These people did not live in caves but built houses (usually in lakes for security), cultivated the land, wove cloth and made and used pottery although, unlike the Neoliths, they did not leave any graphic art. They buried their dead in the numerous long barrows which have been found in the British Isles.

Stonehenge appears to have been erected in the Neolithic period and not by the Druids (who belong to the Iron Age) as some have suggested.

The Neolithic people were of a short and dark stock which still forms a large proportion of the natives of Northern Spain, Southern France and Northern Italy. It is also to be seen in the British Isles in Wales and the Scottish Highlands where the Paleolithic inhabitants of Britain were driven to seek sanctuary against the superiority of the bronze weapons of invading Gaels or Giodels.

The people of the New Stone Age drifted gradually across Europe from the Middle East and crossed the English Channel to reach the southern British Isles about 5,000 BC.

The climate had become warmer and the forest cover thicker and animals which could be hunted for food became rarer. The people of the New Stone Age had domesticated cattle, goats, horses and pigs and tilled the soil with light hoes freeing themselves from the need to follow the animals which had previously provided Stone-Age man with food.

Domesticationof livestock and agriculture enabled these people to live in permanent settlements and they grouped their homes mostly on the chalk and limestone uplands.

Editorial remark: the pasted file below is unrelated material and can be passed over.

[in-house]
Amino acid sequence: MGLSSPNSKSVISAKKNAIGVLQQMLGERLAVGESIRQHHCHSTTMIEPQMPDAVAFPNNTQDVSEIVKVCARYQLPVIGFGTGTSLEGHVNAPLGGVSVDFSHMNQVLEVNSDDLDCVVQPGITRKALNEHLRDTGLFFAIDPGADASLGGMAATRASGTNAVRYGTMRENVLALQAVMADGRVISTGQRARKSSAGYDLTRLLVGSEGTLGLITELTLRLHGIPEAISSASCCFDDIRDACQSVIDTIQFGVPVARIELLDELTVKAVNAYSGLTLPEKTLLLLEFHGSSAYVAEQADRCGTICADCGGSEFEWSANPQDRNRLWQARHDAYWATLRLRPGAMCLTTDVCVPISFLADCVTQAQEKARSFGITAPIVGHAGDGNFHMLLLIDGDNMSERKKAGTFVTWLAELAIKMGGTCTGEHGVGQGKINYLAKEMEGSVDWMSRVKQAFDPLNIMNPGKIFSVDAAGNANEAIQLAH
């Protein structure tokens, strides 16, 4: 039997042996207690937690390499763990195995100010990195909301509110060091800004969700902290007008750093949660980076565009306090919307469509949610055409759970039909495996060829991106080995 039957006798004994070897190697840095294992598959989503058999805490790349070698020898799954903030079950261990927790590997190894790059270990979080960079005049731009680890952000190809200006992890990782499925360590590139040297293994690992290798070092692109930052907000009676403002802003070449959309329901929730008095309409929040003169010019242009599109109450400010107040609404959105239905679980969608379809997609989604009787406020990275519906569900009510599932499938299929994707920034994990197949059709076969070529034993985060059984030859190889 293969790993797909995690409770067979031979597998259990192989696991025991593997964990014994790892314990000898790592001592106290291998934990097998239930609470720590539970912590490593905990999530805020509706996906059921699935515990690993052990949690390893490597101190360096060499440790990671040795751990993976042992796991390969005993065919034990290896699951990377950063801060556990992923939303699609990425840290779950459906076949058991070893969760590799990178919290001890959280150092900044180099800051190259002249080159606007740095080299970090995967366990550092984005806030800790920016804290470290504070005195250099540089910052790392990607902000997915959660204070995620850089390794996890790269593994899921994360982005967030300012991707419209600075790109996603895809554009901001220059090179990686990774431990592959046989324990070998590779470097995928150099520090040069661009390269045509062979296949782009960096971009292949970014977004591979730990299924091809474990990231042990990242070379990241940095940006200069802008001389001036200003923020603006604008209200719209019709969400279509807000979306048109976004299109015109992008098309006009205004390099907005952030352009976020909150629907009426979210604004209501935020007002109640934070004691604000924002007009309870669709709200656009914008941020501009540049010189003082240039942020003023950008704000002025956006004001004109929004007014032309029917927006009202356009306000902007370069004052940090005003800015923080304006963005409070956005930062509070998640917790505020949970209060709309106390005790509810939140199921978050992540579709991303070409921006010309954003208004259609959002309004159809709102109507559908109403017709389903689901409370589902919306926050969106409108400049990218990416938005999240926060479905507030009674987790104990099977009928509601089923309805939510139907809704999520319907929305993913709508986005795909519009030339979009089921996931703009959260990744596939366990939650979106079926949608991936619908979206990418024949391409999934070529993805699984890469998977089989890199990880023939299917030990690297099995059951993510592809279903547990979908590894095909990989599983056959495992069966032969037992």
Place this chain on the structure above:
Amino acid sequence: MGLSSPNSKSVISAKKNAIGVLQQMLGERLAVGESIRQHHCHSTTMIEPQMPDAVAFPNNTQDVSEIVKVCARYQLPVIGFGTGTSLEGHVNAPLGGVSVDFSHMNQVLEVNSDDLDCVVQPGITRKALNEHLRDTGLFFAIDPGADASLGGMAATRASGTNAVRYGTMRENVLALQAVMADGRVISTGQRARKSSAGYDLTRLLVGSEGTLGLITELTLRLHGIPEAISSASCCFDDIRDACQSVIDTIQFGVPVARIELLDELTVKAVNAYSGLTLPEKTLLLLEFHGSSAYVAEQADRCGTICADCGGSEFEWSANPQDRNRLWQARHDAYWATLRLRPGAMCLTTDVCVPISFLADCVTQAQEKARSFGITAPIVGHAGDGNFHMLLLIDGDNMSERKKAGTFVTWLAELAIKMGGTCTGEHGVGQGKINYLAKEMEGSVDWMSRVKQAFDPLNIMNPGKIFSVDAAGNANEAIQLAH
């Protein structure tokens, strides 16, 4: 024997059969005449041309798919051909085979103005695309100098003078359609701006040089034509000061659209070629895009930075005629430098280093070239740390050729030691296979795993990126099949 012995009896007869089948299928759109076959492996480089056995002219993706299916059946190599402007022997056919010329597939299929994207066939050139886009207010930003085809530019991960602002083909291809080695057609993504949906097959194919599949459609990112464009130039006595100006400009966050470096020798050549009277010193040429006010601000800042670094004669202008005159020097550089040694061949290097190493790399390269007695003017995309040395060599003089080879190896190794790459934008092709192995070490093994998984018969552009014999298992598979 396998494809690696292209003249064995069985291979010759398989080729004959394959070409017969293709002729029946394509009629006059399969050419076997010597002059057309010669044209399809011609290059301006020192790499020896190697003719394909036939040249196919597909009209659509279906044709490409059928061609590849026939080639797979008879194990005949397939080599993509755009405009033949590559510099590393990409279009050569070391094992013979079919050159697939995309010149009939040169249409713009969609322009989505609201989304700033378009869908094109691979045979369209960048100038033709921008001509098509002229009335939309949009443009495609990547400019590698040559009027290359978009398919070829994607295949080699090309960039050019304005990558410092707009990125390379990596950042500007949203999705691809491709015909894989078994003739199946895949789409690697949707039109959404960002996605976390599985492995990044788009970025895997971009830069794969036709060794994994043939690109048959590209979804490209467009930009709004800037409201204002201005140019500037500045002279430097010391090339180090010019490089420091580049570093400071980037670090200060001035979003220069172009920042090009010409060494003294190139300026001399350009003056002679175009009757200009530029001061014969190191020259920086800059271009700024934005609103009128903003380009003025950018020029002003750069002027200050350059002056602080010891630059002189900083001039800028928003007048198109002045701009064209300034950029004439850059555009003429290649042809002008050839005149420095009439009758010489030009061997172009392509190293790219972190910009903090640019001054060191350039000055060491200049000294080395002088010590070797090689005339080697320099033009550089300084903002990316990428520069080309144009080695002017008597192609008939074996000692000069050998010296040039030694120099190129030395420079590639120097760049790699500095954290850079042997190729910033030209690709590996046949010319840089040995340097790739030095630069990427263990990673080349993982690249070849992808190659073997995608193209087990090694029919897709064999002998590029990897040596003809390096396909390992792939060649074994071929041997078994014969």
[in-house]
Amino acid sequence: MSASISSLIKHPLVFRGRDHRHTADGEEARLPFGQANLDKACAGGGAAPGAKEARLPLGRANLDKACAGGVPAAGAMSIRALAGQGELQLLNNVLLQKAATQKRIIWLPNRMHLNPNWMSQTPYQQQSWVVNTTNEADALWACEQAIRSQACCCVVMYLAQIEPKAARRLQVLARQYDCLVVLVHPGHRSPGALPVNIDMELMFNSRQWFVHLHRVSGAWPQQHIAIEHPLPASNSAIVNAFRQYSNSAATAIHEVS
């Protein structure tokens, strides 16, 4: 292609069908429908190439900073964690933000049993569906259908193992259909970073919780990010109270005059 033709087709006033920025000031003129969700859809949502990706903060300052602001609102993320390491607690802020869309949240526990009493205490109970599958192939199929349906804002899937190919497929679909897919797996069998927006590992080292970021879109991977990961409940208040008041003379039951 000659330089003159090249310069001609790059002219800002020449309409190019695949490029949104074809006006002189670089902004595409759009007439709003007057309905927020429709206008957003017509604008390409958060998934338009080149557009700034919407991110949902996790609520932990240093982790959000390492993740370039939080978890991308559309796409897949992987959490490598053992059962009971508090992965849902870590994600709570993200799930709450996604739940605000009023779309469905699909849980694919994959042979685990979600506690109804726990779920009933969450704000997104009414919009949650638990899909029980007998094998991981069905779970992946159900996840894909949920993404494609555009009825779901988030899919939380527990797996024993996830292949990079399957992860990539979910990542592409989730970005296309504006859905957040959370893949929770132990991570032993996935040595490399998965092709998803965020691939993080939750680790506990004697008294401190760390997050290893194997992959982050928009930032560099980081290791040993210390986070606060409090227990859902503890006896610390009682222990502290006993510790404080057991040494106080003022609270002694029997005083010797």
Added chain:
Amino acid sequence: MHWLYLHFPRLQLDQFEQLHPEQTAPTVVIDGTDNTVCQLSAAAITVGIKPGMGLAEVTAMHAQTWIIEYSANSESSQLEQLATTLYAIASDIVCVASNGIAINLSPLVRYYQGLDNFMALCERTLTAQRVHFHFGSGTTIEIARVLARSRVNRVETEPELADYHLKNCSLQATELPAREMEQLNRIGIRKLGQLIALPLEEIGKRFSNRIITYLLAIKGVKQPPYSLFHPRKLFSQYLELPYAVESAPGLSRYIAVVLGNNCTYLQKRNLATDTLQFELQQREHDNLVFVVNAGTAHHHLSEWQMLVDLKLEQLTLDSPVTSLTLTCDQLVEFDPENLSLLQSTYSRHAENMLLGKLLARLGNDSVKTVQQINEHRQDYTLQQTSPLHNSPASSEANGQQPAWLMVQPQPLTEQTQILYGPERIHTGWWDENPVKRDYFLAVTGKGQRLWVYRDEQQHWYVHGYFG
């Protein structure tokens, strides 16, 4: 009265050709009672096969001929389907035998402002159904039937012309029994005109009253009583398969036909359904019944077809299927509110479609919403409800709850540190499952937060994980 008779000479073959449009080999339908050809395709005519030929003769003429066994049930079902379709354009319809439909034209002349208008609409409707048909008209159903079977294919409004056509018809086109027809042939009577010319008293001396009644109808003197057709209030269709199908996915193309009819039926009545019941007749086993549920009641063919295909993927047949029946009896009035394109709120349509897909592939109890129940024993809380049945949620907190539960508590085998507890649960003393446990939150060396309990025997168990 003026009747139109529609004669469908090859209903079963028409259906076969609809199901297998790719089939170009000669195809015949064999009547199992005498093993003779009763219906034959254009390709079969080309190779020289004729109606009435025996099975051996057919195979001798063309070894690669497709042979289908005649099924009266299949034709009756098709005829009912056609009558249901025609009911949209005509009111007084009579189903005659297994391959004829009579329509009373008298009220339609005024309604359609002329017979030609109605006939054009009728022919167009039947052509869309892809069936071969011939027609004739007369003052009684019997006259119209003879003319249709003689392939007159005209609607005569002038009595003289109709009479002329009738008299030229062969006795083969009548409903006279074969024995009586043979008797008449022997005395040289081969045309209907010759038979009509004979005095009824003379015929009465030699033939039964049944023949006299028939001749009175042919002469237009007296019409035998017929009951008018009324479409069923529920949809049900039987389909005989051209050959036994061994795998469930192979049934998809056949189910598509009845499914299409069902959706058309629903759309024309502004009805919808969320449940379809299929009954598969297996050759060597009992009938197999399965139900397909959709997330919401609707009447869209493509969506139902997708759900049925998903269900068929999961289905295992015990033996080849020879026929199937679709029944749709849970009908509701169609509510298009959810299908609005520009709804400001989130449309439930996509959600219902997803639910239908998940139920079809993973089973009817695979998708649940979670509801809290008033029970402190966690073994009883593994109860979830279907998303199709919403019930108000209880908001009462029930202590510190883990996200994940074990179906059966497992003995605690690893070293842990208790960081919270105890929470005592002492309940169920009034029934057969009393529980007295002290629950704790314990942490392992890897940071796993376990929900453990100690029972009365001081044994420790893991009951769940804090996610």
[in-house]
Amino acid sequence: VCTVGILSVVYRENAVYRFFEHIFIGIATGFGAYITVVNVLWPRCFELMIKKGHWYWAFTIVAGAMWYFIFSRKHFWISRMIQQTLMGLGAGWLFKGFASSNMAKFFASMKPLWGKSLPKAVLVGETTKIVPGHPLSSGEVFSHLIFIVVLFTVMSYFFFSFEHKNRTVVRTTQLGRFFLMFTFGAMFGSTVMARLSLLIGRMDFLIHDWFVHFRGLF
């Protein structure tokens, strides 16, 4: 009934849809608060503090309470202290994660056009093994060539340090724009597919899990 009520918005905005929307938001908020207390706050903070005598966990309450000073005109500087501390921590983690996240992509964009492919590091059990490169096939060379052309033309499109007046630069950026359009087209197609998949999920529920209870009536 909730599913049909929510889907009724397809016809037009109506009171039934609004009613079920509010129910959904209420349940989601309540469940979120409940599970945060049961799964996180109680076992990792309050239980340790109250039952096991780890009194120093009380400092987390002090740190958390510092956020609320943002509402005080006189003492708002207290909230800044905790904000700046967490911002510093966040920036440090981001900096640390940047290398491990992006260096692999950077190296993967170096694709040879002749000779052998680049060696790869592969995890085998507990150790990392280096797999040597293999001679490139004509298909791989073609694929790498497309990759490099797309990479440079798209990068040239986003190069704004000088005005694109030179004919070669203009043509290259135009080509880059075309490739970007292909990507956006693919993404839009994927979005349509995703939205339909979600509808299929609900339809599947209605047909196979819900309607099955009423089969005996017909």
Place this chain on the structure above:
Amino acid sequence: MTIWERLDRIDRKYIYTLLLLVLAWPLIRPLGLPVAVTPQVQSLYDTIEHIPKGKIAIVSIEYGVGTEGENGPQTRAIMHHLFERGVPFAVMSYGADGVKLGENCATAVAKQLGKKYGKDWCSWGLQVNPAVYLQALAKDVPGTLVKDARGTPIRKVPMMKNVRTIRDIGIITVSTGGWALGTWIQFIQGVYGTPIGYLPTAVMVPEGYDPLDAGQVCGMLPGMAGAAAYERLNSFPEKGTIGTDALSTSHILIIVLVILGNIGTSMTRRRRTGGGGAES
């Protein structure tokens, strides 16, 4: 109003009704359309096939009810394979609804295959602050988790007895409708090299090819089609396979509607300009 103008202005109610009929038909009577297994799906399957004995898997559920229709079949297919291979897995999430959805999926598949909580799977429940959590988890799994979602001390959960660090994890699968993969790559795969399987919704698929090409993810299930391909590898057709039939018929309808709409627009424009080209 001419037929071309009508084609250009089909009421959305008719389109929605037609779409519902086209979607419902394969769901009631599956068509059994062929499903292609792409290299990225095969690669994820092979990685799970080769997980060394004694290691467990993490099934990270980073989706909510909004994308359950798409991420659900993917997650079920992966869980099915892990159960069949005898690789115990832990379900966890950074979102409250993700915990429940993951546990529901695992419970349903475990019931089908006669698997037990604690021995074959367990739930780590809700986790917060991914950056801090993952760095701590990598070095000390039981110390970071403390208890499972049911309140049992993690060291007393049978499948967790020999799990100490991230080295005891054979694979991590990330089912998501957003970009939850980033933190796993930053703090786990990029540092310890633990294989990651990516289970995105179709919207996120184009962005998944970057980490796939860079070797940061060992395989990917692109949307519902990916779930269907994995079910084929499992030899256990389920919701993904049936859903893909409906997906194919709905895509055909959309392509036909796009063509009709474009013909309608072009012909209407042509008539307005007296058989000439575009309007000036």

Neolithic people made crude pottery with rounded bases which were easier to stand upright on grass or in the lap without toppling over than flat-bottomed pots. They were made by hand, without the use of a wheel, and crudely fired.

Rounded bone and stone scrapers were being used to treat skins and to polish stone weapons.

Neolithic people with their domesticated livestock, primitive technology and cultivated fields near their permanent settlements had began to live a form of human existance which we would recognise rather than the animal-like existence of their Stone Age predecessors.

We tend to think that "civilisation" and the erection of complex structures arrived in the British Isles with the invasion of the Romans in the first century AD but many sophisticated structures pre-date the Roman invasion by thausands of years. Skara Brae on Orkney dates back to 3,200 BC and consists of a complex of ten stone houses, complete with stone furniture and interconnected by a maze of covered stone passages, the whole having been enclosed in an earthen mound. The "built-in" furniture, a notion which we have only returned to in the latter part of the 20th century, included seating, storage space and beds. The complex even includes a rudimentary drainage system.

When one considers the appalling conditions under which the agricultural labourers of, say, rural Dorset or Wiltshire lived in the 18th and 19th centuries or the squalid conditions prevailing in the industrial slums of the 19th century, the settlement at Skara Brae must be considered quite luxurious in comparisson, if rude by modern standards.

Skara Brae, part of a World Heritage Site, recieves 55,000 visitors a year raising concerns about damage to this ancient site by the visitor numbers.